B., Inc. v. Miller Brewing Co., 663 F.2d 545, 549 (5th Cir. 1981). The Fifth Circuit has reaffirmed that it “is insufficient that there be a mere theoretical possibility” of recovery; to the contrary, there must “at least be arguably a reasonable basis for predicting that state law would allow recovery in order to preclude a finding of fraudulent joinder.” Travis v. Irby, 326 F.3d 644, 648 (5th Cir. 2003)(citing Badon v. RJR Nabisco Inc., 224 F.3d 382, 386 (5th Cir. 2000)).
The defendants’ task is made considerably more difficult by the Fifth Circuit’s decisions in Smallwood v. Illinois Central Railroad Co., 385 F.3d 568 (5th Cir. 2004) and McKee v. Kansas City Southern Ry. Co., 358 F.3d 329, 336 n.2 (5th Cir. 2004). [*6] A majority of the en banc Fifth Circuit in Smallwood observed that:
Ordinarily, if a plaintiff can survive a Rule 12(b)(6) challenge, there is no improper joinder. That said, there are cases, hopefully few in number, in which a plaintiff has stated a claim, but has misstated or omitted discrete facts that would determine the propriety of joinder. In such cases, the district court may, in its discretion, pierce the pleadings and conduct a summary inquiry. … Discovery by the parties should not be allowed except on a tight judicial tether, sharply tailored to the question at hand, and only after a showing of its necessity.
Smallwood, 385 F.3d at 573. The Fifth Circuit in McKee similarly emphasized that the fraudulent joinder standard is more akin to a 12(b)(6) standard than the quasi-summary judgment standard which had previously been applied by many district judges in this circuit. It is accordingly plain, in light of McKee and Smallwood, that the improper/fraudulent joinder standard is far more deferential to a plaintiff’s allegations than had commonly been assumed.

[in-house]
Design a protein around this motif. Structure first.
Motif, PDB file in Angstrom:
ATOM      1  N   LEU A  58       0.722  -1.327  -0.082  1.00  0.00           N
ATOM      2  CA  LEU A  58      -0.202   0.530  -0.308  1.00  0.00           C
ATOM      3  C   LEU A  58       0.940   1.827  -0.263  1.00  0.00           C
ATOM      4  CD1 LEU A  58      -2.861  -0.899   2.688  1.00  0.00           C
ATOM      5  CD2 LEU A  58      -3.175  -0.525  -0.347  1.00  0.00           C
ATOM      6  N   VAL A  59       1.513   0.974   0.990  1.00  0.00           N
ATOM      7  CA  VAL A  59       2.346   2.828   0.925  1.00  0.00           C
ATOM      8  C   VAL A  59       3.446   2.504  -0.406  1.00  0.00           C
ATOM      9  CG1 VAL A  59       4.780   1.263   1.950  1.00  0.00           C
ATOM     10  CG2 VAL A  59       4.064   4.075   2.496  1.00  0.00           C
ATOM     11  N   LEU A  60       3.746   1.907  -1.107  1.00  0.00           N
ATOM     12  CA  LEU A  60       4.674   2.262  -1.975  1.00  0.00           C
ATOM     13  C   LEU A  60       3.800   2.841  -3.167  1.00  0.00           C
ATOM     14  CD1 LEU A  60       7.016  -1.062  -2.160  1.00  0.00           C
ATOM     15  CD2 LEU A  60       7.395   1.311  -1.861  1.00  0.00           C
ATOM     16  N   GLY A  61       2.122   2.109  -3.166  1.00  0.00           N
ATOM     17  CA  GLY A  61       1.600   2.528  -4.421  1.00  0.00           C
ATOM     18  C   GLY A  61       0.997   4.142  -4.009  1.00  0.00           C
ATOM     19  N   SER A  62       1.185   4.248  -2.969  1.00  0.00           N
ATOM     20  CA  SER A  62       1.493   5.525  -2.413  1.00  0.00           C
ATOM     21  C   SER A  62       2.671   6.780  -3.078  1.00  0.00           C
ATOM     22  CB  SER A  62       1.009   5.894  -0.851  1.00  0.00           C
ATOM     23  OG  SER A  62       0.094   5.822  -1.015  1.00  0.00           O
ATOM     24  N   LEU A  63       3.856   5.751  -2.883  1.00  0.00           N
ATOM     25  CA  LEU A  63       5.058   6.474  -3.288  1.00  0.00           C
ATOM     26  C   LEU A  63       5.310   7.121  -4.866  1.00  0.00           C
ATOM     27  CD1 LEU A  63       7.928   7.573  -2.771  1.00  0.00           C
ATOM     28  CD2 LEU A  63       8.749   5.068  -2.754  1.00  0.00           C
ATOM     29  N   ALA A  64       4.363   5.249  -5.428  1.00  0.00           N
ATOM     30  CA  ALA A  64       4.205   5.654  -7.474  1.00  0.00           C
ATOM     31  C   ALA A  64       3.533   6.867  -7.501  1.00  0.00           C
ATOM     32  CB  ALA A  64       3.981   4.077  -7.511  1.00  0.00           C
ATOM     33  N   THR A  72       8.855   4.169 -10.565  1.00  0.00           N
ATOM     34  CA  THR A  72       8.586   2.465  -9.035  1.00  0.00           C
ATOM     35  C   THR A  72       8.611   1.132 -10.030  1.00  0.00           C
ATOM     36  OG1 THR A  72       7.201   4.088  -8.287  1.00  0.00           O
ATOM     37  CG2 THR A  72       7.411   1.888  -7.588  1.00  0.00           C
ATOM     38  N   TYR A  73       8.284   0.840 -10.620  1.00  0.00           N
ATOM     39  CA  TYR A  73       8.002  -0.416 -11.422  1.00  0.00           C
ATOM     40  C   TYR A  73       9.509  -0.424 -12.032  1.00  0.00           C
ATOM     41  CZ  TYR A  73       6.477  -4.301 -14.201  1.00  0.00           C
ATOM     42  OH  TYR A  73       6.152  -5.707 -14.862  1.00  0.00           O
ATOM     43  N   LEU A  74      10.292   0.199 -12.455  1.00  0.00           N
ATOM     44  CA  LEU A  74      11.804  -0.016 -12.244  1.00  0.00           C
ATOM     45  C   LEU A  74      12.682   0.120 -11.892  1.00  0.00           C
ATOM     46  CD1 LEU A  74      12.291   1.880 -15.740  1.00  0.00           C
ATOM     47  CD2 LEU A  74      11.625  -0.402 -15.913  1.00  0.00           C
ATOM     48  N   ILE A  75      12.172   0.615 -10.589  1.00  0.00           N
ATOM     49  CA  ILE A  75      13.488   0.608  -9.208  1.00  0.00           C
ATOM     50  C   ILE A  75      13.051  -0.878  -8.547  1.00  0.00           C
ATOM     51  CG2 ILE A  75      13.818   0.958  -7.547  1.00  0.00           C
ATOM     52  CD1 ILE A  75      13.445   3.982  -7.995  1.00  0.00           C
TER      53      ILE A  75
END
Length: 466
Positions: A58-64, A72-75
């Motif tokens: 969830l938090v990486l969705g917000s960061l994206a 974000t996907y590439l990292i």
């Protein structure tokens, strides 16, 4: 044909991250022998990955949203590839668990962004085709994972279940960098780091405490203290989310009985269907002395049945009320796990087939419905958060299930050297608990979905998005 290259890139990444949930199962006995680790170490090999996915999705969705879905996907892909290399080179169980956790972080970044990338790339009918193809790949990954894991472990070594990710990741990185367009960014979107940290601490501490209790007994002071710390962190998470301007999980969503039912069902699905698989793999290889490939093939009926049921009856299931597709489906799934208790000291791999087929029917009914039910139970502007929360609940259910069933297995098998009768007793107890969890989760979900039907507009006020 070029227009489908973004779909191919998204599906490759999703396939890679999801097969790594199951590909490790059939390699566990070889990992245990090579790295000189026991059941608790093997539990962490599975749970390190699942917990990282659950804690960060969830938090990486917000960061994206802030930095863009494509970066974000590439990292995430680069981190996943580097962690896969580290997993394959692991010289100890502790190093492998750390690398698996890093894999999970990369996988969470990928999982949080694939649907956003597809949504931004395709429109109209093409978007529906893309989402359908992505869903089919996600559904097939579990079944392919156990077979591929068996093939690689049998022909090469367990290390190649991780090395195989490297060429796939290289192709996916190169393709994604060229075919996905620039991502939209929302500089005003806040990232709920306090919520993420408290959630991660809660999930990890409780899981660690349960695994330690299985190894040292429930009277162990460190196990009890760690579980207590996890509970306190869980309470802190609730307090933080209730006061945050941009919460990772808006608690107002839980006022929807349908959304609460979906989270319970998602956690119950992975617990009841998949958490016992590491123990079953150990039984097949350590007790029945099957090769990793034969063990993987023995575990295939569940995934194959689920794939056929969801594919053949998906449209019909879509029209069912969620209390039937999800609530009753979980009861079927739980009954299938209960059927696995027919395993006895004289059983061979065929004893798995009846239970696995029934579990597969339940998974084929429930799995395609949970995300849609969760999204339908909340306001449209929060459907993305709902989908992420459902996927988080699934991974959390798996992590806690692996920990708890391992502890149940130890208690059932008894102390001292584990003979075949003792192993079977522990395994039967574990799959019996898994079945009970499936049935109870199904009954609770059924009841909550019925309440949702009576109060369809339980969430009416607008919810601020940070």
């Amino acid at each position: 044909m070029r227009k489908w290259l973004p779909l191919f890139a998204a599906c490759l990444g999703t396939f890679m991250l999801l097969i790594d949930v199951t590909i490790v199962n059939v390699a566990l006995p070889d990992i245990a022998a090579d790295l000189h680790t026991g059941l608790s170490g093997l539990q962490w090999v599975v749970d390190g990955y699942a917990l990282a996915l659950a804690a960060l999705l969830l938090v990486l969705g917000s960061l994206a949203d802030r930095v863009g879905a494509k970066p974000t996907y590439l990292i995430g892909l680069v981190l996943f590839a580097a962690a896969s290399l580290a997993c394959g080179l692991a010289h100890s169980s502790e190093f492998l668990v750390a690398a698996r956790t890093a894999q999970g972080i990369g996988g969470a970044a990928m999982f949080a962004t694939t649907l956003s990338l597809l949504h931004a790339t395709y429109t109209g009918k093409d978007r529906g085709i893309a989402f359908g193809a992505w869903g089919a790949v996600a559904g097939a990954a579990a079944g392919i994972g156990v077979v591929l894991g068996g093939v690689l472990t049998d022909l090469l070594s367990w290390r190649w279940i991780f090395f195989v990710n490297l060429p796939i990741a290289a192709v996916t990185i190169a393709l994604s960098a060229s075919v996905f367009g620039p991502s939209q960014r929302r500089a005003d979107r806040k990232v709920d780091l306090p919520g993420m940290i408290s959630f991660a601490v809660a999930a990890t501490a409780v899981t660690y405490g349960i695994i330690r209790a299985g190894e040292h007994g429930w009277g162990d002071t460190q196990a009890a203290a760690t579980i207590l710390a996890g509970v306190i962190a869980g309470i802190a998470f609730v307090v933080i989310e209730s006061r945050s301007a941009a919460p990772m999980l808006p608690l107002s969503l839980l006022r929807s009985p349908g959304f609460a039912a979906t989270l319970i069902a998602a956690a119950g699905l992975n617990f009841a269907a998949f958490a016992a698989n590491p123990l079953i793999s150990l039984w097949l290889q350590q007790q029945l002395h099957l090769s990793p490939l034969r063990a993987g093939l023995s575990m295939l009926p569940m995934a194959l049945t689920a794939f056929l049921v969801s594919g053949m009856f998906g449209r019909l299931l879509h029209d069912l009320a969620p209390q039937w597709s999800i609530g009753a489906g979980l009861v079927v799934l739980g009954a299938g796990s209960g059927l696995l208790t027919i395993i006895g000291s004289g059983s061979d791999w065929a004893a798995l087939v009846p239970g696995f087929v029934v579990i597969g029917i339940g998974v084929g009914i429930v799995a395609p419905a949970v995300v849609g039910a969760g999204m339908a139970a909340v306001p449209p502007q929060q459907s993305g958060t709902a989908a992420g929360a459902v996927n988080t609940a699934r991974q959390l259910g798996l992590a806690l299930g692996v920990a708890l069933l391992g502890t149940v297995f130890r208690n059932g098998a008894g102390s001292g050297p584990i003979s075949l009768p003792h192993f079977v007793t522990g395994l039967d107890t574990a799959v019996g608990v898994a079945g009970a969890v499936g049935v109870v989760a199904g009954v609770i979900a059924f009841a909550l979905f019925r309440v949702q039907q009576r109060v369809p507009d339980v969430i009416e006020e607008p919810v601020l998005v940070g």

With regard to defendant Ollie, the plaintiffs [*7] have alleged:
“That the Defendant, Jeanette Ollie d/b/a Shaw Athletic Youth Association, (“Ollie”), undertook and assumed a duty to supervise the minors in the group while in Jackson, Mississippi, but negligently failed to do so.”
The plaintiffs clearly allege negligent supervision against Ms. Ollie. However, under the Volunteer Protection Act, volunteers cannot be liable for simple negligence. The plaintiffs maintain that the Volunteer Protection Act does not apply to Ollie or the Shaw Athletic Youth Association because the organization has not received any federal designation as a qualifying exempt organization under 26 U.S.C. § 501(c)(3). Ms. Ollie has submitted an affidavit that avers that the “Shaw Athletic Youth Association” is a fictitious name created for the single purpose of ascribing a name to the group that would be traveling to Jackson, but that the group has not been formally organized or incorporated. The defendants contend that the Volunteer Protection Act does not require formal organization or articles of incorporation and presents competing affidavits regarding Ms. Ollie’s status as a volunteer for an amateur youth [*8] basketball team.